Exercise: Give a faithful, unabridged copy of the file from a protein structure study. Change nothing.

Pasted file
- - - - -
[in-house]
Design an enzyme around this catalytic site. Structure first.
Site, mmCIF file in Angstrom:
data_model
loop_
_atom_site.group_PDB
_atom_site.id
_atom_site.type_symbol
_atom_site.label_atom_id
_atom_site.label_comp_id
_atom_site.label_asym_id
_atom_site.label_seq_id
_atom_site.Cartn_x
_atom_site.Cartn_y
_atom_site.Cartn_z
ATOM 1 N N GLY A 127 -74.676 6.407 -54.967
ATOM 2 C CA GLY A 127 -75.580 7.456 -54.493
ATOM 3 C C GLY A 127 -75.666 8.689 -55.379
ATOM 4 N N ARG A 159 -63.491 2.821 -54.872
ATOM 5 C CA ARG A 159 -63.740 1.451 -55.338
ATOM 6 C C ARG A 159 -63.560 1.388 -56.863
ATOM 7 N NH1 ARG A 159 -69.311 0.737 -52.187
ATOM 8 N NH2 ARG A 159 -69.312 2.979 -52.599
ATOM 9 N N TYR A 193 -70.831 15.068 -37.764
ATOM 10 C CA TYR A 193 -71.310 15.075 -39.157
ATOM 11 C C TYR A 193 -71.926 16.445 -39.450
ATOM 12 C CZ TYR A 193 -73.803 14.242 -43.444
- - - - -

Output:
[in-house]
Design an enzyme around this catalytic site. Structure first.
Site, mmCIF file in Angstrom:
data_model
loop_
_atom_site.group_PDB
_atom_site.id
_atom_site.type_symbol
_atom_site.label_atom_id
_atom_site.label_comp_id
_atom_site.label_asym_id
_atom_site.label_seq_id
_atom_site.Cartn_x
_atom_site.Cartn_y
_atom_site.Cartn_z
ATOM 1 N N GLY A 127 -74.676 6.407 -54.967
ATOM 2 C CA GLY A 127 -75.580 7.456 -54.493
ATOM 3 C C GLY A 127 -75.666 8.689 -55.379
ATOM 4 N N ARG A 159 -63.491 2.821 -54.872
ATOM 5 C CA ARG A 159 -63.740 1.451 -55.338
ATOM 6 C C ARG A 159 -63.560 1.388 -56.863
ATOM 7 N NH1 ARG A 159 -69.311 0.737 -52.187
ATOM 8 N NH2 ARG A 159 -69.312 2.979 -52.599
ATOM 9 N N TYR A 193 -70.831 15.068 -37.764
ATOM 10 C CA TYR A 193 -71.310 15.075 -39.157
ATOM 11 C C TYR A 193 -71.926 16.445 -39.450
ATOM 12 C CZ TYR A 193 -73.803 14.242 -43.444